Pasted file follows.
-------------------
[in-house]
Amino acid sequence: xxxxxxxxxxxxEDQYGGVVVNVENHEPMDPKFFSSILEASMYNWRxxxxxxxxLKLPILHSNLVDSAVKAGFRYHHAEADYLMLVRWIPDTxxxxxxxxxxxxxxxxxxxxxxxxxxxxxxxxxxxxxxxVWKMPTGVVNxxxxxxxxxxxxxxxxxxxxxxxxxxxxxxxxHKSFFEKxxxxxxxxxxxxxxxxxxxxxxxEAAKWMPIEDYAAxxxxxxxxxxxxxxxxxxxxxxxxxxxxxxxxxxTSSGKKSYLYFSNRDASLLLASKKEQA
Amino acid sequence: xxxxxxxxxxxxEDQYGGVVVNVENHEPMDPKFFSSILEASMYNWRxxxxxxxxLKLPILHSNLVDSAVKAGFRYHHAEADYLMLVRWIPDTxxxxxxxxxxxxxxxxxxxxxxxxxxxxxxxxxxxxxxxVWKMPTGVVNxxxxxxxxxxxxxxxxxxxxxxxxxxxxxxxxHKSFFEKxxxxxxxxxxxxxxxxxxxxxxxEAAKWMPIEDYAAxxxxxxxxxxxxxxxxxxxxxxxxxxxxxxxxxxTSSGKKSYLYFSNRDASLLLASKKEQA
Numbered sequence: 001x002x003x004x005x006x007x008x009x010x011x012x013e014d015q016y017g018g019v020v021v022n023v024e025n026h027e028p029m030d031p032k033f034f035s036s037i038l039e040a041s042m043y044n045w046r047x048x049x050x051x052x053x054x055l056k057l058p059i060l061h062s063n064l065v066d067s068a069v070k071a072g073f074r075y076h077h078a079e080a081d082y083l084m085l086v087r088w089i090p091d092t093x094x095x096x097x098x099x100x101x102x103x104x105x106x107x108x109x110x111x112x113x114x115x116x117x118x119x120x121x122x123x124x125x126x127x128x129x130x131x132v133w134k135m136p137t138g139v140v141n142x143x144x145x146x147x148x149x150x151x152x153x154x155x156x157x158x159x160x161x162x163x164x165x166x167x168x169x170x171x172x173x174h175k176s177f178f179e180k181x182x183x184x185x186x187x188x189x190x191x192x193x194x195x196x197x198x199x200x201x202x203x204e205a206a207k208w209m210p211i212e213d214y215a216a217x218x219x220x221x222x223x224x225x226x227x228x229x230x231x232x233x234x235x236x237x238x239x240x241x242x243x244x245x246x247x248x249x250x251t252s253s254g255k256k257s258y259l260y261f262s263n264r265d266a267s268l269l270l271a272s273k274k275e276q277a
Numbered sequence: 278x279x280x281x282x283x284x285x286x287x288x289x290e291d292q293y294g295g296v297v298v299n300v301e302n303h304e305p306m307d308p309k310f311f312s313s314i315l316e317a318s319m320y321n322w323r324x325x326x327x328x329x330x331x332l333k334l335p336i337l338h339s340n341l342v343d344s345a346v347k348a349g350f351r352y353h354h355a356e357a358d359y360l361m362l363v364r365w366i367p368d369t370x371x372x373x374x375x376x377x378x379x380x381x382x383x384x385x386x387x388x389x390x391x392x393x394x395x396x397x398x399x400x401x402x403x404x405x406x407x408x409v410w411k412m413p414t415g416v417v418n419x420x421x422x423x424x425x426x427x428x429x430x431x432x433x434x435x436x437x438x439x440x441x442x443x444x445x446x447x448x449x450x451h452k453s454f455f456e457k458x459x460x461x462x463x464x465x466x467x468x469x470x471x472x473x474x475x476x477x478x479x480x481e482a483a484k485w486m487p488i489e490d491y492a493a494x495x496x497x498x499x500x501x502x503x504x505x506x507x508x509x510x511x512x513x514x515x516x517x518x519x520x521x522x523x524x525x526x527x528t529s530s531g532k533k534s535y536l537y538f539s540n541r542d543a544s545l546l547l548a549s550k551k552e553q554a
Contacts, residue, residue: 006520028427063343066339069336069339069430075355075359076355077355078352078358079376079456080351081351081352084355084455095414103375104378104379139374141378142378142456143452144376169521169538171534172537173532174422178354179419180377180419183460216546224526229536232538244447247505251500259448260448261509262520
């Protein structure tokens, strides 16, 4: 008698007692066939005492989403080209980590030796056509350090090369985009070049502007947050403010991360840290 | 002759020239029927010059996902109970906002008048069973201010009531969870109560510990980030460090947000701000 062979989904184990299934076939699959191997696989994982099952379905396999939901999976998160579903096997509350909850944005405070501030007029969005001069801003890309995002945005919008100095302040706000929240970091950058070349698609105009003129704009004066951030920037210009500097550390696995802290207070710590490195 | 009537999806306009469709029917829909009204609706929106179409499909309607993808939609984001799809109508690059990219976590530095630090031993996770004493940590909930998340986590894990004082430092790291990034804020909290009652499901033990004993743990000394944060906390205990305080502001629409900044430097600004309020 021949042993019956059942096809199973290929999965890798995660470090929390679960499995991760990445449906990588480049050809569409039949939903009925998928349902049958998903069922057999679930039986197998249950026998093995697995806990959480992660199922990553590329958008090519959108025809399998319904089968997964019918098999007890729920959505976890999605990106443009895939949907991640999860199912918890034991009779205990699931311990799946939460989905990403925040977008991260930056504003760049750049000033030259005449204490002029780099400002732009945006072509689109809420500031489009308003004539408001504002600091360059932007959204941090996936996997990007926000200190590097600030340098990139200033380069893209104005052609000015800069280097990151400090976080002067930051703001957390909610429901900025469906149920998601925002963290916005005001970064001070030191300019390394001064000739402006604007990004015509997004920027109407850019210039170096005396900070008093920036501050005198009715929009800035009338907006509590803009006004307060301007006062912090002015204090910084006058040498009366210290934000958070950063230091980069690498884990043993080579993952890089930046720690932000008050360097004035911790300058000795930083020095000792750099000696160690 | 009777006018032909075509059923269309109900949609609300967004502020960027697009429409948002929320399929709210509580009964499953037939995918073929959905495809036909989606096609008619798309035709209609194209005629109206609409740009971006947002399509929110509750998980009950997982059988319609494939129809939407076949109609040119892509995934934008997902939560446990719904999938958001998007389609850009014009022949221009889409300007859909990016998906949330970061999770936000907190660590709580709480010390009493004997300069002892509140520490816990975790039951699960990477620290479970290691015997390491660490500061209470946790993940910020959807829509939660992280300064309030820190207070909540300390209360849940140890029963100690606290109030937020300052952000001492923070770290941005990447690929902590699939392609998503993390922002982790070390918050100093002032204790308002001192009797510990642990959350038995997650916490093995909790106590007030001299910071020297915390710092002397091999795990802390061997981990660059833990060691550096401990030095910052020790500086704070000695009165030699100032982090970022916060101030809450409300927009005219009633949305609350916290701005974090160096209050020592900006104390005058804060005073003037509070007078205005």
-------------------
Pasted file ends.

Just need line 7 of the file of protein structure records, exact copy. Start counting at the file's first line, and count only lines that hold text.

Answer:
């Protein structure tokens, strides 16, 4: 008698007692066939005492989403080209980590030796056509350090090369985009070049502007947050403010991360840290 | 002759020239029927010059996902109970906002008048069973201010009531969870109560510990980030460090947000701000 062979989904184990299934076939699959191997696989994982099952379905396999939901999976998160579903096997509350909850944005405070501030007029969005001069801003890309995002945005919008100095302040706000929240970091950058070349698609105009003129704009004066951030920037210009500097550390696995802290207070710590490195 | 009537999806306009469709029917829909009204609706929106179409499909309607993808939609984001799809109508690059990219976590530095630090031993996770004493940590909930998340986590894990004082430092790291990034804020909290009652499901033990004993743990000394944060906390205990305080502001629409900044430097600004309020 021949042993019956059942096809199973290929999965890798995660470090929390679960499995991760990445449906990588480049050809569409039949939903009925998928349902049958998903069922057999679930039986197998249950026998093995697995806990959480992660199922990553590329958008090519959108025809399998319904089968997964019918098999007890729920959505976890999605990106443009895939949907991640999860199912918890034991009779205990699931311990799946939460989905990403925040977008991260930056504003760049750049000033030259005449204490002029780099400002732009945006072509689109809420500031489009308003004539408001504002600091360059932007959204941090996936996997990007926000200190590097600030340098990139200033380069893209104005052609000015800069280097990151400090976080002067930051703001957390909610429901900025469906149920998601925002963290916005005001970064001070030191300019390394001064000739402006604007990004015509997004920027109407850019210039170096005396900070008093920036501050005198009715929009800035009338907006509590803009006004307060301007006062912090002015204090910084006058040498009366210290934000958070950063230091980069690498884990043993080579993952890089930046720690932000008050360097004035911790300058000795930083020095000792750099000696160690 | 009777006018032909075509059923269309109900949609609300967004502020960027697009429409948002929320399929709210509580009964499953037939995918073929959905495809036909989606096609008619798309035709209609194209005629109206609409740009971006947002399509929110509750998980009950997982059988319609494939129809939407076949109609040119892509995934934008997902939560446990719904999938958001998007389609850009014009022949221009889409300007859909990016998906949330970061999770936000907190660590709580709480010390009493004997300069002892509140520490816990975790039951699960990477620290479970290691015997390491660490500061209470946790993940910020959807829509939660992280300064309030820190207070909540300390209360849940140890029963100690606290109030937020300052952000001492923070770290941005990447690929902590699939392609998503993390922002982790070390918050100093002032204790308002001192009797510990642990959350038995997650916490093995909790106590007030001299910071020297915390710092002397091999795990802390061997981990660059833990060691550096401990030095910052020790500086704070000695009165030699100032982090970022916060101030809450409300927009005219009633949305609350916290701005974090160096209050020592900006104390005058804060005073003037509070007078205005």